For all you boys and girls who dream of one day ruling the galaxy with a tremendous weapon of mass destruction, NASA has some suggestions for you. The trick is to mine asteroids and use the material to construct the Death Star directly in space.
In a video on Wired, Brian Muirhead, chief engineer at NASA’s Jet Propulsion Laboratory, illustrates how the Asteroid Redirect Mission will look at the feasibility of asteroid mining, and although the mission doesn’t exactly show you how to build a Death Star, it will do something nobody has done before. In 2023, a probe will capture a boulder and carry it into lunar orbit, where a group of astronauts will later visit to mine some of the asteroid material.
But is Muirhead right about using asteroids? Could we start building a mega structure around Earth in 2016? Let's take a quick look at the calculations involved.
According to Wookieepedia, the first Death Star has a radius of 60 kilometers (37 miles), which corresponds to a volume of about 904,000 cubic kilometers (217,000 cubic miles). Finding the mass of such an object is quite difficult, as we don’t exactly know the internal structure, the building materials used, etc.
To simplify this problem, we imagined that the Death Star would be built similarly to an aircraft carrier, so we used the USS Ranger, which has a density of 210 kilograms (460 pounds) per cubic meter. This gives us a mass of 190 trillion tonnes (187 trillion US tons).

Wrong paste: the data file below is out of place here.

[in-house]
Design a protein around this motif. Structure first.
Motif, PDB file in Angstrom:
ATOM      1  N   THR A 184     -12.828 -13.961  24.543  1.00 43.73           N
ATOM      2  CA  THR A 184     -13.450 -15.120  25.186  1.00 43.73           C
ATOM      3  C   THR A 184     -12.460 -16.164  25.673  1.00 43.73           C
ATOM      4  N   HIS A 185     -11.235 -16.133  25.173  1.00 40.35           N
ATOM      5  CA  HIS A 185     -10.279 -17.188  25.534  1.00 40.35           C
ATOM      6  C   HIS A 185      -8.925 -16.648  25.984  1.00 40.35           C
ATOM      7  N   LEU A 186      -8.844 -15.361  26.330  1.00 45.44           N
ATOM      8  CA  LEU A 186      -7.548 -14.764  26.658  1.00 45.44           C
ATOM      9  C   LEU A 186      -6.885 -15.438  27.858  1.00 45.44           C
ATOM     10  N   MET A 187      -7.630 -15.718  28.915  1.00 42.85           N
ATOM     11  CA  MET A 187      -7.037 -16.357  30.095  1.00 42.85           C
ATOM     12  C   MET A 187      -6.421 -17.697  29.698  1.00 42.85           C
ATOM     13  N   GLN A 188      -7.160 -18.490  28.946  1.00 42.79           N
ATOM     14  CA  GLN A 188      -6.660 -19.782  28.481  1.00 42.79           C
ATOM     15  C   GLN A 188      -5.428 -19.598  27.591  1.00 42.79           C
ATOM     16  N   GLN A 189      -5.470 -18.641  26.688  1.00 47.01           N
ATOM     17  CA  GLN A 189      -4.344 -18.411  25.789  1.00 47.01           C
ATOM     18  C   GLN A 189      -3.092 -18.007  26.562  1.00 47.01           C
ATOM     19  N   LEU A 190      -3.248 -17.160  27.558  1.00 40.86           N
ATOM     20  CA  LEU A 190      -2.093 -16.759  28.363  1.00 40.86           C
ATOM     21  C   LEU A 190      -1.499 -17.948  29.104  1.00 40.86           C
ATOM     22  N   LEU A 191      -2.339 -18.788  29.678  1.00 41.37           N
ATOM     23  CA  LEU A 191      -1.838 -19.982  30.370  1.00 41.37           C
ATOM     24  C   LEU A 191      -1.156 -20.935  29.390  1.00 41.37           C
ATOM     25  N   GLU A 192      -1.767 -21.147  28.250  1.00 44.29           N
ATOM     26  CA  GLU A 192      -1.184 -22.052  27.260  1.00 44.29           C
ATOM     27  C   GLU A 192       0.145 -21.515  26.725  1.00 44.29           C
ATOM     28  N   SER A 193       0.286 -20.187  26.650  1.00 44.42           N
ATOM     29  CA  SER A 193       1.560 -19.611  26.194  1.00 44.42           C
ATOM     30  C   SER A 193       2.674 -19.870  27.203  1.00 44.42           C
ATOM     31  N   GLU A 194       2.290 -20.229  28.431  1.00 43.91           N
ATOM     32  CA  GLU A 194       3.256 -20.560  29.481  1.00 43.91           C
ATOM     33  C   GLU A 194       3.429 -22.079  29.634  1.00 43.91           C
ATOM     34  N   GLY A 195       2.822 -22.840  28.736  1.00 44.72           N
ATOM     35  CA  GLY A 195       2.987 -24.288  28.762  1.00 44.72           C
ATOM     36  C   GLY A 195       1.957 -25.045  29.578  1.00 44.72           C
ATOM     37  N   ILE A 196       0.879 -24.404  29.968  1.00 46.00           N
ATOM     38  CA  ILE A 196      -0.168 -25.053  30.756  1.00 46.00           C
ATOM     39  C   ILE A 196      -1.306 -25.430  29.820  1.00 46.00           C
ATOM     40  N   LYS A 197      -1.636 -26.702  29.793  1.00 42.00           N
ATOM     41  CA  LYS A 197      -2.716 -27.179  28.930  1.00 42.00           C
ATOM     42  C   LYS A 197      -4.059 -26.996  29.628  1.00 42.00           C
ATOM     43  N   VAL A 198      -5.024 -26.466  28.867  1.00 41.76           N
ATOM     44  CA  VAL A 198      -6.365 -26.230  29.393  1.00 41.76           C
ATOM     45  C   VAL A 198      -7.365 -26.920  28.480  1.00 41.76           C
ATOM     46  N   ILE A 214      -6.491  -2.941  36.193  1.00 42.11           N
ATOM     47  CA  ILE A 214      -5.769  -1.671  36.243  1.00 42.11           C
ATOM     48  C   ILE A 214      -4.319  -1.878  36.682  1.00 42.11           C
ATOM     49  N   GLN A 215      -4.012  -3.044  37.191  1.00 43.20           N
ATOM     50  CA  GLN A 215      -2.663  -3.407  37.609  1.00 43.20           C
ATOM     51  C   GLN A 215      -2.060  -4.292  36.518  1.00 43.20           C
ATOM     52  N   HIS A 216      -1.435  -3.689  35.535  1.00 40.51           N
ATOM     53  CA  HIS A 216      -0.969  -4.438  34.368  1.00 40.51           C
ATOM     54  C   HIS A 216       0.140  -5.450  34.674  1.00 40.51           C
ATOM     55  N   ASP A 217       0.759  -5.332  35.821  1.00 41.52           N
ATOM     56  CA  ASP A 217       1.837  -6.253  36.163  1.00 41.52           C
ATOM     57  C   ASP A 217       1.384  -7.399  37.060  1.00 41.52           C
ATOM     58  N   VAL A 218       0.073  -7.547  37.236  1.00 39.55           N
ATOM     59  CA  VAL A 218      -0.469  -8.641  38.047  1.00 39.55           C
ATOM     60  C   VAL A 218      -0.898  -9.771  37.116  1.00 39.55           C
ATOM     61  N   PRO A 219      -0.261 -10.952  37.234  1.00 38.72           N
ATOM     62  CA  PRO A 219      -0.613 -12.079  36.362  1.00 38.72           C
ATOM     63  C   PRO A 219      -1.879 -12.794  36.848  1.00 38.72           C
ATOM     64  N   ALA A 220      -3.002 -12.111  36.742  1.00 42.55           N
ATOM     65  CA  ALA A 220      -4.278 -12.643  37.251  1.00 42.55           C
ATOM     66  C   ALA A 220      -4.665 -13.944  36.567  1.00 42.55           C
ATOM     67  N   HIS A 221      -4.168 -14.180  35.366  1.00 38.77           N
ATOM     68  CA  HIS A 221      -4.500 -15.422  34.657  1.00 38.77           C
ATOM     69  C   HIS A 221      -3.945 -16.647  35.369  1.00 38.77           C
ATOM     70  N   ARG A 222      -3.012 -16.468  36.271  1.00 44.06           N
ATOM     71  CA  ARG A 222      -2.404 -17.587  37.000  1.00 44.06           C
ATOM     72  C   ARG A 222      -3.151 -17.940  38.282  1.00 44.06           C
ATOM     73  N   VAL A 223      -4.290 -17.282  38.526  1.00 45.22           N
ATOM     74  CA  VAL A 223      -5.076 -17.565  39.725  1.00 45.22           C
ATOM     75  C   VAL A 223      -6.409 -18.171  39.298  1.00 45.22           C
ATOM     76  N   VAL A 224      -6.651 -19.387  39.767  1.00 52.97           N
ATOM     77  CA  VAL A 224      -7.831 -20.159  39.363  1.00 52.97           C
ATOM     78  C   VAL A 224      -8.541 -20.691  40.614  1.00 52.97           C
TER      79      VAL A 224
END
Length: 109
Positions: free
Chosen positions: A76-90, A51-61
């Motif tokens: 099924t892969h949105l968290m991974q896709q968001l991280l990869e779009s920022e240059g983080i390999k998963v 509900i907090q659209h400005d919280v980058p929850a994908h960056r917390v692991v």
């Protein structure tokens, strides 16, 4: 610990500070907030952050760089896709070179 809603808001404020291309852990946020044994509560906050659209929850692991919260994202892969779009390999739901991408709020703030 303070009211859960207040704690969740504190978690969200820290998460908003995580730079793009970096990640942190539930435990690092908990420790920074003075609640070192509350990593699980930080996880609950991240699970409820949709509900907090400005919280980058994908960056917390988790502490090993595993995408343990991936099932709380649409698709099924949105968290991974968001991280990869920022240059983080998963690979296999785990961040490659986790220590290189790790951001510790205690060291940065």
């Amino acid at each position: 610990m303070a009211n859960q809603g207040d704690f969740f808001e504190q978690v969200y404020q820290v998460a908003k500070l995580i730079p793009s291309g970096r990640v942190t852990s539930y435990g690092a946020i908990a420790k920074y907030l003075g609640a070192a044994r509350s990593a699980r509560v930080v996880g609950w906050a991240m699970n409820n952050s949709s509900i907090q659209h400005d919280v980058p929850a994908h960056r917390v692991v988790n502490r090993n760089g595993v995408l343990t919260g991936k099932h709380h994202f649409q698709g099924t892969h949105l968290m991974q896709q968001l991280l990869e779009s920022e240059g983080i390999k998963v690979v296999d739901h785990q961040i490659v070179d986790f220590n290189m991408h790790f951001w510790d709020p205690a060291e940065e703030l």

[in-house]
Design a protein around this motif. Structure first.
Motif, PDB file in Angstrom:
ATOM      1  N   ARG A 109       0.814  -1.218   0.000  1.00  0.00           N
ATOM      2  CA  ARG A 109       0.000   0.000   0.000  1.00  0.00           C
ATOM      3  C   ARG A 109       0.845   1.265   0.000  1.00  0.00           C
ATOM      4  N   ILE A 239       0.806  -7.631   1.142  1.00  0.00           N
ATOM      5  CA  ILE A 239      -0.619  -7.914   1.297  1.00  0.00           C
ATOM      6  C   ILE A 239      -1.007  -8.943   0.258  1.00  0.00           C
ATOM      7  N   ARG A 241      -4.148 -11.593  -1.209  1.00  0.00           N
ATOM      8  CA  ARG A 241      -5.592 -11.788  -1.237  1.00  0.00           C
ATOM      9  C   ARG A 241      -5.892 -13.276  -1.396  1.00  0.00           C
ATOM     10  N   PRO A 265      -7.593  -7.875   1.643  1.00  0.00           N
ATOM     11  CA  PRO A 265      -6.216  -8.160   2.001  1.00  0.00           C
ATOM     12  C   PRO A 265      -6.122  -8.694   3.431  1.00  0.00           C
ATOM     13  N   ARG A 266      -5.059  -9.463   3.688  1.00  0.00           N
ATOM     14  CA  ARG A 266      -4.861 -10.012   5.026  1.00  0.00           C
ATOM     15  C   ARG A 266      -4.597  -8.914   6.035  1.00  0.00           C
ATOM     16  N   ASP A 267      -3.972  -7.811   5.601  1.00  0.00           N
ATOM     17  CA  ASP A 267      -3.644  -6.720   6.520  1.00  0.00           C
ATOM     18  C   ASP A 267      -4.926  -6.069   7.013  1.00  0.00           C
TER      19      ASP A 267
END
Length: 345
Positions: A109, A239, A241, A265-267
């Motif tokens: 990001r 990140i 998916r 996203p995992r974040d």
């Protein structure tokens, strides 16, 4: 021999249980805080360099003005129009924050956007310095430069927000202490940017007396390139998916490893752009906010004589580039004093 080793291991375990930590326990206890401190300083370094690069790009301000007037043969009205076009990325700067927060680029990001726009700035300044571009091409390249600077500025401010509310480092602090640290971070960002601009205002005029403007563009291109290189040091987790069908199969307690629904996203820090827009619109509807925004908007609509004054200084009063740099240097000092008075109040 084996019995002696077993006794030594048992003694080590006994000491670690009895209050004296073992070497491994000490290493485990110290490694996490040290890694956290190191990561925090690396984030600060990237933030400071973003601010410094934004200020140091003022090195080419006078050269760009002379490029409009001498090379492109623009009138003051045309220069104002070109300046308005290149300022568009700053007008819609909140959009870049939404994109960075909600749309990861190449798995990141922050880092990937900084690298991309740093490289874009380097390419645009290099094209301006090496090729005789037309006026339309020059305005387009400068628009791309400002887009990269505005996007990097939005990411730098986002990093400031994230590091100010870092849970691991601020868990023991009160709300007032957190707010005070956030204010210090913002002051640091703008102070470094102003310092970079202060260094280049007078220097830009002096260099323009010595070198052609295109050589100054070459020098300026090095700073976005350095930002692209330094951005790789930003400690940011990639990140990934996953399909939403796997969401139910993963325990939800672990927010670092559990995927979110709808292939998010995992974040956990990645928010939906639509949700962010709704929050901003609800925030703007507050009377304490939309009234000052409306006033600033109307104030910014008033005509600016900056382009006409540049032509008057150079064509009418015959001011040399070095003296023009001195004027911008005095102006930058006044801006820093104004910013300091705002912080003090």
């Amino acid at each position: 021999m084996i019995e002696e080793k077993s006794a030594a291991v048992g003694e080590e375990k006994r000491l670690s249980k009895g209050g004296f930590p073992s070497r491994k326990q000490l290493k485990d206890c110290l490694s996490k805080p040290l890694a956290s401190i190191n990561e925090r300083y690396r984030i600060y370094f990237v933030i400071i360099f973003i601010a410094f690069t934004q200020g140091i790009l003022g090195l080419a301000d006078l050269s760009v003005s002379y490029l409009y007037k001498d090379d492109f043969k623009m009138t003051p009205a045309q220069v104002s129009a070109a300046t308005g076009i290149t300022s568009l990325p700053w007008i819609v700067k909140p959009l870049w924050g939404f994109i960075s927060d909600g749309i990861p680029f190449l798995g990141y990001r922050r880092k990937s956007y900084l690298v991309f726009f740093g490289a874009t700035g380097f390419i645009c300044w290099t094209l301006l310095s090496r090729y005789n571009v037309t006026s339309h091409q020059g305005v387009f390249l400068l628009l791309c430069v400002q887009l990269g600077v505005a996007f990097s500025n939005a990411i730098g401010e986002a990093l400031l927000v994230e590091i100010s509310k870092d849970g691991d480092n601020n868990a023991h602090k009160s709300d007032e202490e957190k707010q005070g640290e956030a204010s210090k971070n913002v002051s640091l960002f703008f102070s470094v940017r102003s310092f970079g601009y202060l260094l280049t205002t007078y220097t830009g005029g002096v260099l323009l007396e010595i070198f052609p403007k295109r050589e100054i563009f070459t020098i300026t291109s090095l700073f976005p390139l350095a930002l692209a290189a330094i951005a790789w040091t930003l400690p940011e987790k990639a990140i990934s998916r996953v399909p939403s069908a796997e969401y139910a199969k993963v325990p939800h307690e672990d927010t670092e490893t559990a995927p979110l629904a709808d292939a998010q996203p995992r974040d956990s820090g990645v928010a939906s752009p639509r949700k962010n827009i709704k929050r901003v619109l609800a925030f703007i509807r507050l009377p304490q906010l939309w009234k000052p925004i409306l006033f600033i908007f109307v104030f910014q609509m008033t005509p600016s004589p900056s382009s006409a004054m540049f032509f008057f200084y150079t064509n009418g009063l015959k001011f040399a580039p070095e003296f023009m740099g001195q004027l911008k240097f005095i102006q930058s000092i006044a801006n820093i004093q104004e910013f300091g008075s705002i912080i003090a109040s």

Above, Wired's interview with Muirhead.
Now, a medium-small asteroid is on paper the perfect candidate: It is about the right mass and it is rich in iron and carbon (to make steel), as well as other material that can be used in the construction. But is it cheaper mining the material on Earth and sending it to space, or to directly mine asteroids?
Sending stuff into space costs about $20,000 (£13,000) per kilogram, so assembling the Death Star would cost us $40,000 billion billion dollars (we're not converting that to £). That's about a billion times more expensive than all the Earth’s economies combined.
The boulder that the Asteroid Redirect Mission will capture is about 450,000 kilograms (500 tons) and the mission will cost $2.6 billions (£1.7 billion). This is the cost of retrieval, so let’s assume that the mining cost is equivalent. If the asteroid is completely mined, the material would cost $10,400 (£6,900) per kilogram. Of course, it's unlikely to have 100 percent of any particular metal, so the prices are likely to be a bit skewed. On paper though, it's possibly comparable.
But don’t wave your lightsabers in celebration just yet. There are many unknown variables when it comes to mining asteroids, which could easily increase the price of materials. On Earth, only one in 5,000 to 10,000 prospected mines goes into production, and the chances of mining an asteroid might be just as dire. But hey, when it comes to asteroids, never tell us the odds.